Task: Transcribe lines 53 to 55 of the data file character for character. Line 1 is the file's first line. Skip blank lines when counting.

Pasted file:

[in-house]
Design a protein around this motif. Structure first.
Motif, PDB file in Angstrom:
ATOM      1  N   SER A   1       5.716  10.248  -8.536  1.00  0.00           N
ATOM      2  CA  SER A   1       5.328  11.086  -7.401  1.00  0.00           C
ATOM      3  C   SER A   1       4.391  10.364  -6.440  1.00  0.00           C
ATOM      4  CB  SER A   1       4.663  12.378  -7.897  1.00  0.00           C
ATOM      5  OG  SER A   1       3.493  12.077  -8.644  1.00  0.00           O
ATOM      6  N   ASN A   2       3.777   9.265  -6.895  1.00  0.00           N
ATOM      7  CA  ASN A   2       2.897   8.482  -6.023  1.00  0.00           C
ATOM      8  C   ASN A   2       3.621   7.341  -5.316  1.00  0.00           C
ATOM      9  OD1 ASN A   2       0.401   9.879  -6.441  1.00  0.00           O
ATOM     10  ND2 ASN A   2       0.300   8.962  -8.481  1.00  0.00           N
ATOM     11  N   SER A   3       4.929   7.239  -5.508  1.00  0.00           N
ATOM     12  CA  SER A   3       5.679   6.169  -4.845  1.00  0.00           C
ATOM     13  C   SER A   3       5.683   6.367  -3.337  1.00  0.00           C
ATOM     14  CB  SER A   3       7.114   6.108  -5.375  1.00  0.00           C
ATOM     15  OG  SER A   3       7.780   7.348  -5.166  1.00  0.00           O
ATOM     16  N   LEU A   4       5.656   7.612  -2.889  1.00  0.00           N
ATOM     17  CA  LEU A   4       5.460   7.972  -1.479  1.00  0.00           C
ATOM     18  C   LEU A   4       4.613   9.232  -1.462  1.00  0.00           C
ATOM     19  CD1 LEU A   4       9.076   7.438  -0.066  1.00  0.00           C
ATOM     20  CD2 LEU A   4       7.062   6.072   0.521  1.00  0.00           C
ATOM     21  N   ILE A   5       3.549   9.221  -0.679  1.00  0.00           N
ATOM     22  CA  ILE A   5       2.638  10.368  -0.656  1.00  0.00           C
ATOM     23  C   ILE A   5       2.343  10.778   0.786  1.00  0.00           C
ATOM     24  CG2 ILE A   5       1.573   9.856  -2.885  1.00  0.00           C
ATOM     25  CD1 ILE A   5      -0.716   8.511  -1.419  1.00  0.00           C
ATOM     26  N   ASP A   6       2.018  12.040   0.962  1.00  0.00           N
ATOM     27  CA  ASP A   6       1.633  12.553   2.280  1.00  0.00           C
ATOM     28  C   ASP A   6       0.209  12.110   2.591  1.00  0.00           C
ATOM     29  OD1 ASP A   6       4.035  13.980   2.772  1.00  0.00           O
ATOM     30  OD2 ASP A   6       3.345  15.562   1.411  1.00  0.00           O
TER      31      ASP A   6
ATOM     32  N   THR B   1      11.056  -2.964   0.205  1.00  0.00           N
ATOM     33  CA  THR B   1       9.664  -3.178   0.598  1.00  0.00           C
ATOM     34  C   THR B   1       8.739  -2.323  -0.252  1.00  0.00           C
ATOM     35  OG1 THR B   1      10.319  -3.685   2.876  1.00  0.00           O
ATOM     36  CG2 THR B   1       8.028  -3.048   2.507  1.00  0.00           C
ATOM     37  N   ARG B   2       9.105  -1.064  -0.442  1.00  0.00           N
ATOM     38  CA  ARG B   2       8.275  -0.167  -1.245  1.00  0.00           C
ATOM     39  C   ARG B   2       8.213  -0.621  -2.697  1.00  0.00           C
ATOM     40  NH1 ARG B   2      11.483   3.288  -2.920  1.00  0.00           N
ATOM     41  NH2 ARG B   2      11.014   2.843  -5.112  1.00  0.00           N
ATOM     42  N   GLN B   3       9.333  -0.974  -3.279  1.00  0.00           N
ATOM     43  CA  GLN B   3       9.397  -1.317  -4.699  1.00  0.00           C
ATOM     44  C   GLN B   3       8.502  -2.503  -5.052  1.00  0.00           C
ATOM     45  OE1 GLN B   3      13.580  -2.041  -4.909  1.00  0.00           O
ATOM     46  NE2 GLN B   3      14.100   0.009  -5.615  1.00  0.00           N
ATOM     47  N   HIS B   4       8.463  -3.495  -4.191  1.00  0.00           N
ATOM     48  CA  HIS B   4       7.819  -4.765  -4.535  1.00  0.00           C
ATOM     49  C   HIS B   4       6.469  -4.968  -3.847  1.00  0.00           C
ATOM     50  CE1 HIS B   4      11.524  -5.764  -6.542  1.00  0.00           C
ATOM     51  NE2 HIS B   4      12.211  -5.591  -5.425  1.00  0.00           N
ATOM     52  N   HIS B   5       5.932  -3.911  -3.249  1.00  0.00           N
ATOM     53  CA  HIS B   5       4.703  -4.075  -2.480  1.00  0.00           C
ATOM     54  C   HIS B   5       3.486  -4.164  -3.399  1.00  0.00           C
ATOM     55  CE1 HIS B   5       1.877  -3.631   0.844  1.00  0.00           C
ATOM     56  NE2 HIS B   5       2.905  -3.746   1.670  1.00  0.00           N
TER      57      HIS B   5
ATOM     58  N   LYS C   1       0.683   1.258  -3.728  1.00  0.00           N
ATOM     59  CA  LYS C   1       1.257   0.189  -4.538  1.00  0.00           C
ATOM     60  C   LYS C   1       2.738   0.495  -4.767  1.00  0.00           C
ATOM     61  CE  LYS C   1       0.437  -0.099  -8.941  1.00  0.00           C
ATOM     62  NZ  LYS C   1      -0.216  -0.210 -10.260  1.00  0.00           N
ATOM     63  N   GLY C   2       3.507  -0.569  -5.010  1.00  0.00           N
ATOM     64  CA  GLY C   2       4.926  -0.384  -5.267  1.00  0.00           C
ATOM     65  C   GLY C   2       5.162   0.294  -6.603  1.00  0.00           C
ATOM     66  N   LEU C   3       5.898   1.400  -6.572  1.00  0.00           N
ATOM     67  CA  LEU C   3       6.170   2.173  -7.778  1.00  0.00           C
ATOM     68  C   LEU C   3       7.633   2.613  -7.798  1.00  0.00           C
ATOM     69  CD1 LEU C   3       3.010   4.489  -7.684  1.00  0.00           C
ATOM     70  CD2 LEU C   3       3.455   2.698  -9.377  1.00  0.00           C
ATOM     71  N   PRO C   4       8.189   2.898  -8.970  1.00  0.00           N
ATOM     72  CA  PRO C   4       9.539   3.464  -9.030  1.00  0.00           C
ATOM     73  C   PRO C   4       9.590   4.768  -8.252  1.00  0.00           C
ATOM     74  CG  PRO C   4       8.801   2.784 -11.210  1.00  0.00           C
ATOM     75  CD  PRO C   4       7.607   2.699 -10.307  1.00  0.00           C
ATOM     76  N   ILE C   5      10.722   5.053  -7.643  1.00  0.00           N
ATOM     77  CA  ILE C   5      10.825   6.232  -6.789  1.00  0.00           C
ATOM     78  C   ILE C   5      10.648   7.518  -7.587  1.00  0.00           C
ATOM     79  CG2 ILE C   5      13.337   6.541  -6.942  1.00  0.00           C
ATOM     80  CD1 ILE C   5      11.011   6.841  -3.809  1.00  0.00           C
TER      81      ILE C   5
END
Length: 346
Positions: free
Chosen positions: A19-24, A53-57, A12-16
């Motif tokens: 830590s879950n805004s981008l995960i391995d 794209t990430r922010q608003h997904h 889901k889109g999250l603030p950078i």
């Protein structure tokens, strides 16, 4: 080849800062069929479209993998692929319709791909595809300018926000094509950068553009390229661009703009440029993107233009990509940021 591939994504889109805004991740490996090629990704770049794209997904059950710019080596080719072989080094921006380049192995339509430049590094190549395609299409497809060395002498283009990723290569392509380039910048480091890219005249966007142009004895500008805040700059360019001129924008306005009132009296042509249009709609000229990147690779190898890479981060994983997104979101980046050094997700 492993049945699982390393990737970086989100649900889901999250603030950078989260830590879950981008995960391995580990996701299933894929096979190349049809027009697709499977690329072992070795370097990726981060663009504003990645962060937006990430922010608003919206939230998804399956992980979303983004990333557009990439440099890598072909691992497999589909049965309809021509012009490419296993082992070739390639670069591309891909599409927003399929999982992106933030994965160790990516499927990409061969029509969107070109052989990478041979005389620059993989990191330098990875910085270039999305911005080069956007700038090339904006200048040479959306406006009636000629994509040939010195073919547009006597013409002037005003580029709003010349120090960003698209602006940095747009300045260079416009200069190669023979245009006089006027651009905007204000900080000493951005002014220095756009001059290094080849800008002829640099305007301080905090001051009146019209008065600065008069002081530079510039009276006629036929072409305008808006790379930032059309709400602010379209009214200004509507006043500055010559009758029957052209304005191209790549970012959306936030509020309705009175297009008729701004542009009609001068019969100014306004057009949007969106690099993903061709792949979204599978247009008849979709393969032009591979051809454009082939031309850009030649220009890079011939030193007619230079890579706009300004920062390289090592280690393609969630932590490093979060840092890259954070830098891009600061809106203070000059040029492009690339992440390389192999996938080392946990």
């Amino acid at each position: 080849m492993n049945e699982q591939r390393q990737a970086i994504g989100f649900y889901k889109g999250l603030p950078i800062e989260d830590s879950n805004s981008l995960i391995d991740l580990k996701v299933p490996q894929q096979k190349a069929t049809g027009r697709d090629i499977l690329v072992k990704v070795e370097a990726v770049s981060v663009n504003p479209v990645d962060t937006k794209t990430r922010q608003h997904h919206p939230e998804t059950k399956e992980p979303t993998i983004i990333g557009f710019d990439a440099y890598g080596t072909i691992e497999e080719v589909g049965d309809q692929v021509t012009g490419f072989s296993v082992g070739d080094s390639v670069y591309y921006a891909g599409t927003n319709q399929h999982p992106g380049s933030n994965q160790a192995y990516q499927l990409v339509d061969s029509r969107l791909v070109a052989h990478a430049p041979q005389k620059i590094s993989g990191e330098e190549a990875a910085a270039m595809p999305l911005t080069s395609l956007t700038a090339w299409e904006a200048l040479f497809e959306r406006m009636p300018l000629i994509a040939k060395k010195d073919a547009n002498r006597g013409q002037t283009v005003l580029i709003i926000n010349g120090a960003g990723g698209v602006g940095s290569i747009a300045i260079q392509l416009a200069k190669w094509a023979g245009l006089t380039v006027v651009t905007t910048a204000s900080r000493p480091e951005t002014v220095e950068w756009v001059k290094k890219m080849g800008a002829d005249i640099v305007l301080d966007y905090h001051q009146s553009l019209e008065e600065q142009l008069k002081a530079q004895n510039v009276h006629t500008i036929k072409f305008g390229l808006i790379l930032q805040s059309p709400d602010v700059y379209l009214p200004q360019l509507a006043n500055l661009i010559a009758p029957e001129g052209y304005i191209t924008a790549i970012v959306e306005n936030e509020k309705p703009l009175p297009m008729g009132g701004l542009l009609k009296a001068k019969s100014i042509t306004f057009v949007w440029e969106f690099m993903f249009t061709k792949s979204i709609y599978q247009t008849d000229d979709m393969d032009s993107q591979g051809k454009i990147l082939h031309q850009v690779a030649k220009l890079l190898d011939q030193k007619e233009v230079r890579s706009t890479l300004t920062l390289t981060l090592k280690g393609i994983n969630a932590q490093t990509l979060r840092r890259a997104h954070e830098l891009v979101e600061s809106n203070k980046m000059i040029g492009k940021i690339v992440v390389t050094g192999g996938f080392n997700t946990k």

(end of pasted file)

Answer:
ATOM     50  CE1 HIS B   4      11.524  -5.764  -6.542  1.00  0.00           C
ATOM     51  NE2 HIS B   4      12.211  -5.591  -5.425  1.00  0.00           N
ATOM     52  N   HIS B   5       5.932  -3.911  -3.249  1.00  0.00           N